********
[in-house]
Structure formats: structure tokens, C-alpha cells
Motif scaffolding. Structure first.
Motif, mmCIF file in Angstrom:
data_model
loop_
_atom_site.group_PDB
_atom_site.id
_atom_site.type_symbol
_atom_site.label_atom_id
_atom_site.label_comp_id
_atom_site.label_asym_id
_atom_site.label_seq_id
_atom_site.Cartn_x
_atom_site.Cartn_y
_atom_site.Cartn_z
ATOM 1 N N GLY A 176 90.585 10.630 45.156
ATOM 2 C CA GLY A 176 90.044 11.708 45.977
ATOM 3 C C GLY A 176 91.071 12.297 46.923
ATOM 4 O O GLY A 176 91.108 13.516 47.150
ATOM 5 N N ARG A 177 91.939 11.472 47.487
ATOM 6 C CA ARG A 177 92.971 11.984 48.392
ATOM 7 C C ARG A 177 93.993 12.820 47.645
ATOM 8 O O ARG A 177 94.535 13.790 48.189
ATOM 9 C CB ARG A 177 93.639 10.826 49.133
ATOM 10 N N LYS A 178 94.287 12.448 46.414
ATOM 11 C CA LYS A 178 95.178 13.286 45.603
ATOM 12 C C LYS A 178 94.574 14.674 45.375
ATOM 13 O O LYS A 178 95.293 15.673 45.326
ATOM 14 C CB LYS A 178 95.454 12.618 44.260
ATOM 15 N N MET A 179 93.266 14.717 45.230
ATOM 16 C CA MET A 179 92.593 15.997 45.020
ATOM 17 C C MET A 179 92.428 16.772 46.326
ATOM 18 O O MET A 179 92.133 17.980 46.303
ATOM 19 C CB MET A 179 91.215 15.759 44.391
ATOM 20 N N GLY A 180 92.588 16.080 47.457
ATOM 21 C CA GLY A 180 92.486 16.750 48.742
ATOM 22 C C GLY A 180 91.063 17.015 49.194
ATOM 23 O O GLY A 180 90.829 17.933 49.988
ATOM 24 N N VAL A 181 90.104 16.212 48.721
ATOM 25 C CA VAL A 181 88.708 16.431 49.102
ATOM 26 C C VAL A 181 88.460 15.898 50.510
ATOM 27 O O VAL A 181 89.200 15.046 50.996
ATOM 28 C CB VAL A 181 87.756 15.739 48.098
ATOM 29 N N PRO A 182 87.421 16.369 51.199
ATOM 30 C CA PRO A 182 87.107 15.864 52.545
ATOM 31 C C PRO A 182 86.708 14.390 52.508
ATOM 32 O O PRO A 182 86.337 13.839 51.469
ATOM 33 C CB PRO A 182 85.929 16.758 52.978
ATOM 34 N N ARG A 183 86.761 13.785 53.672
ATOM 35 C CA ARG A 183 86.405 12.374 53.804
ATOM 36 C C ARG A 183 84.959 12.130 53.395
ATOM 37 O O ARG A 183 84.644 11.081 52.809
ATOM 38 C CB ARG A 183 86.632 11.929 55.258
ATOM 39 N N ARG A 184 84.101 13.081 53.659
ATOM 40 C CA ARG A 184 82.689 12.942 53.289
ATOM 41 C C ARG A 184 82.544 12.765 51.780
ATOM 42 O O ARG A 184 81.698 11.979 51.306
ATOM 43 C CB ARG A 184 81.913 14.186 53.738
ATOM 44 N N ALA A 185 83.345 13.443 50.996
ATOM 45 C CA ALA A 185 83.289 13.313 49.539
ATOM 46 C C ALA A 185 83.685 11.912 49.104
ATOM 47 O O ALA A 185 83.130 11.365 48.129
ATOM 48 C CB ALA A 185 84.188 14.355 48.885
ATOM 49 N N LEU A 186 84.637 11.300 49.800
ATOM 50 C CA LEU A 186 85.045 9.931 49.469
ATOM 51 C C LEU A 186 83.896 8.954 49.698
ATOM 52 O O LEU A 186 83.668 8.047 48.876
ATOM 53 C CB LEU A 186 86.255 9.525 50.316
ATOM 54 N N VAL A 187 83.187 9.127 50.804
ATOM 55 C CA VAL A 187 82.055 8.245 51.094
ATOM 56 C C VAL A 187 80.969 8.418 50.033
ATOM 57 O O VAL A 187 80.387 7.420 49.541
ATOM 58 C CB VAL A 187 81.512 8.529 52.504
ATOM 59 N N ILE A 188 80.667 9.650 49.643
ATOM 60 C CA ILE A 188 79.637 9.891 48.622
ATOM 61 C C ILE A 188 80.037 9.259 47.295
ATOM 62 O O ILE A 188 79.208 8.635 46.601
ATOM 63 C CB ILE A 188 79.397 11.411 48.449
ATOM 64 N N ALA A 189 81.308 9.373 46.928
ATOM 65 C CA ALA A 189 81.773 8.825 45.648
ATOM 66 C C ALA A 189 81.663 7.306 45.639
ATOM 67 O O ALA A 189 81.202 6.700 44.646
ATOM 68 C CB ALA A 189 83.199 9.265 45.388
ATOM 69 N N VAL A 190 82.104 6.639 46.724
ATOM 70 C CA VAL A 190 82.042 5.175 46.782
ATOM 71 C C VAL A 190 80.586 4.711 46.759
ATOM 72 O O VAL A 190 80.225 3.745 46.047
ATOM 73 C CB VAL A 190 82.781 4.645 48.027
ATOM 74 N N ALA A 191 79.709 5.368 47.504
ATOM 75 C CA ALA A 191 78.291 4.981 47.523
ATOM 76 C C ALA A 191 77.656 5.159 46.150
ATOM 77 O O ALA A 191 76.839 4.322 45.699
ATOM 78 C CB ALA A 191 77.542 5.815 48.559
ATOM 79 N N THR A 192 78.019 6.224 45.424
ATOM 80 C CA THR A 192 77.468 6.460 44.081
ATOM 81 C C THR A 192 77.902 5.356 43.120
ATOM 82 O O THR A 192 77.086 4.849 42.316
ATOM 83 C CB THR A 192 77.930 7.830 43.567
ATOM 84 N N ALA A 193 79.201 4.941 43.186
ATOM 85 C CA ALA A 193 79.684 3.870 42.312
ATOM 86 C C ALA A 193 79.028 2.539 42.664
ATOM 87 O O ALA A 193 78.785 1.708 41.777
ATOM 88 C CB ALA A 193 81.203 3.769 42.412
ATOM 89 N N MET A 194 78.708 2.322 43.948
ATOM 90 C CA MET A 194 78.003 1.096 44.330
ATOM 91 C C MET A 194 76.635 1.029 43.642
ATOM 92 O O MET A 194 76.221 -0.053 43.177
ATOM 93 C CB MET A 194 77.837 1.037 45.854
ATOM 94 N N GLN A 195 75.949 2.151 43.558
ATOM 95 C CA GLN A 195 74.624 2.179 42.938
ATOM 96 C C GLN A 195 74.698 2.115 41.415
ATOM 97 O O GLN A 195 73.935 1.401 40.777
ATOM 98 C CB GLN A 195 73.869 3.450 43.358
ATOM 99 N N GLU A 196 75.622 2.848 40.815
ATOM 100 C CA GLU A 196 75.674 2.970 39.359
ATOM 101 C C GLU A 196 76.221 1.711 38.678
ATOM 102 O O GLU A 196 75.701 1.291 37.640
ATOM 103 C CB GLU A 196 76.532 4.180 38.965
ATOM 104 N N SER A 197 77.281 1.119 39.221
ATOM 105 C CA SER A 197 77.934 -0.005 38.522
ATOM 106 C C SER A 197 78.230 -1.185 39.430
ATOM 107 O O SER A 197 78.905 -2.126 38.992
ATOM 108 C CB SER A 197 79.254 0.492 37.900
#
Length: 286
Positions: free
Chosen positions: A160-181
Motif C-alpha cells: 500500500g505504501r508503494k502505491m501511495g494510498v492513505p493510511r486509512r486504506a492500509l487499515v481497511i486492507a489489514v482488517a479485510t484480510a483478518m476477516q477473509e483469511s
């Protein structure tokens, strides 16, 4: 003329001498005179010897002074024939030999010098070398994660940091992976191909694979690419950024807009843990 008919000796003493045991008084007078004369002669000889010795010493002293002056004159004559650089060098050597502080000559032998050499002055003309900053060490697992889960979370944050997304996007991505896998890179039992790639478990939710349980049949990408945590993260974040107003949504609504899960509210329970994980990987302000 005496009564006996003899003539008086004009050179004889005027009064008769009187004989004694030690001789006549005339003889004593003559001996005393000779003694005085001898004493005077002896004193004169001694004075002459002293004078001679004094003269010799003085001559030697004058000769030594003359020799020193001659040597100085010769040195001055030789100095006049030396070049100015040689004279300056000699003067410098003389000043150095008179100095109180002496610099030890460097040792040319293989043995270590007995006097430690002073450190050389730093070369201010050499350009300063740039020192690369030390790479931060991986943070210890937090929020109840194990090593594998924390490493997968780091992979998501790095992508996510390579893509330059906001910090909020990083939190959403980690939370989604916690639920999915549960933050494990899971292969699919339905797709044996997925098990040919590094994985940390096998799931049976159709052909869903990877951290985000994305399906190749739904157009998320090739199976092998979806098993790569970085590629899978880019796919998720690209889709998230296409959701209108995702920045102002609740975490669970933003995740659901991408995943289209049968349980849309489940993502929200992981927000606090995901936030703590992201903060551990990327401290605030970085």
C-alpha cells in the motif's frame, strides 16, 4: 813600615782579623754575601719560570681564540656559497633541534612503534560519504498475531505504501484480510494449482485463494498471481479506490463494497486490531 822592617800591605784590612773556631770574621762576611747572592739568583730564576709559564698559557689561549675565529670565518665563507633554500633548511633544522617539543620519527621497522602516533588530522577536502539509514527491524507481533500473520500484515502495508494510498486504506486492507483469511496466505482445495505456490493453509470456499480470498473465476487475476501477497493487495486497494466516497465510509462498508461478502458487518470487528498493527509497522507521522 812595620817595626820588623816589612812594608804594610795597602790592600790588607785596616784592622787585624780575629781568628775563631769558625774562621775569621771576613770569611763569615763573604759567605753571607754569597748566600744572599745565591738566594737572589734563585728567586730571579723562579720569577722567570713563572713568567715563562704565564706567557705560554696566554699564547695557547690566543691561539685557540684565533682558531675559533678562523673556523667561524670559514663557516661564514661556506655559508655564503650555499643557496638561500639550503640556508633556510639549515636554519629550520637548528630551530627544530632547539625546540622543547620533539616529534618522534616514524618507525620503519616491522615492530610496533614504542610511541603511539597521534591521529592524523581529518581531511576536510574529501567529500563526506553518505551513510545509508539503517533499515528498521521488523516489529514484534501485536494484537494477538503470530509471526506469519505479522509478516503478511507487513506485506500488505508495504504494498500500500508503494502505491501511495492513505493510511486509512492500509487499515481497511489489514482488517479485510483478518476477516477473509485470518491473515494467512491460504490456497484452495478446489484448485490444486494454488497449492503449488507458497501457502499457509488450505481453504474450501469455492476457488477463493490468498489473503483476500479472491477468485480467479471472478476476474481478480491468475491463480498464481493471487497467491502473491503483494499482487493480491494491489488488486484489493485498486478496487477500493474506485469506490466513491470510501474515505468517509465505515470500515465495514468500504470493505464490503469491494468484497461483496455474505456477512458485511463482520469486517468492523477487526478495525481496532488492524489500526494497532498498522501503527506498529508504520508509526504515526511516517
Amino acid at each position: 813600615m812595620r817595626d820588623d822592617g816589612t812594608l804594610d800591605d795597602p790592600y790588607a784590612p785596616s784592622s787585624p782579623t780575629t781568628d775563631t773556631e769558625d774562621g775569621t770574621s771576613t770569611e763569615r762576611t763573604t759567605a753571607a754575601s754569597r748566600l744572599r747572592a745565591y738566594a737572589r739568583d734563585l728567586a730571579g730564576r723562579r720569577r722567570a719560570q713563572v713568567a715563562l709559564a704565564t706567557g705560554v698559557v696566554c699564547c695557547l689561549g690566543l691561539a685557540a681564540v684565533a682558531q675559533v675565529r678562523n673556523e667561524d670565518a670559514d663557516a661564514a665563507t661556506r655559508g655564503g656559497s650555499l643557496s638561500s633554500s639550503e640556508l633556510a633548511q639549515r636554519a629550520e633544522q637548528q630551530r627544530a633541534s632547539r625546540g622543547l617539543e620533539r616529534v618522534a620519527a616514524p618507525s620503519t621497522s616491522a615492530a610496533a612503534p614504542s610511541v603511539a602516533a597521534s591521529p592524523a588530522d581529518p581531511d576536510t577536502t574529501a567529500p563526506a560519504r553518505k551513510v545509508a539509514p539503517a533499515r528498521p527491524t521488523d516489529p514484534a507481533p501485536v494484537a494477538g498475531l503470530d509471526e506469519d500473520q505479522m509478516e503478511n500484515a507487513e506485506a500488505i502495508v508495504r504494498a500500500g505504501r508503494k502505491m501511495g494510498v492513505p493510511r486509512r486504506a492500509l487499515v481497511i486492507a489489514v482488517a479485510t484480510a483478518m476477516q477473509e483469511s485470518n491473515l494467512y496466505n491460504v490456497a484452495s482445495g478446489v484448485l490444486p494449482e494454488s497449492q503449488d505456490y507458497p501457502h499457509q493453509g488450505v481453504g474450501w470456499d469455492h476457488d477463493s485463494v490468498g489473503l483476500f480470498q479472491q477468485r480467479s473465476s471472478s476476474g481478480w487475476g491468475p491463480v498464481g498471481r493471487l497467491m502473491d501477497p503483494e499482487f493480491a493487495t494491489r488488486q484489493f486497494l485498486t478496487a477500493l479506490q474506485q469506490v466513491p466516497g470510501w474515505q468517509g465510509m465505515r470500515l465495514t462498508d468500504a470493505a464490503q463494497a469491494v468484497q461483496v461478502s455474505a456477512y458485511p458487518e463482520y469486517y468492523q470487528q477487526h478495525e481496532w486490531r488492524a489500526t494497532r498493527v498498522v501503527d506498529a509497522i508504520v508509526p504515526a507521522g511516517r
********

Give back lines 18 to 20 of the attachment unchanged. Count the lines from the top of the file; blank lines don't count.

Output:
ATOM 2 C CA GLY A 176 90.044 11.708 45.977
ATOM 3 C C GLY A 176 91.071 12.297 46.923
ATOM 4 O O GLY A 176 91.108 13.516 47.150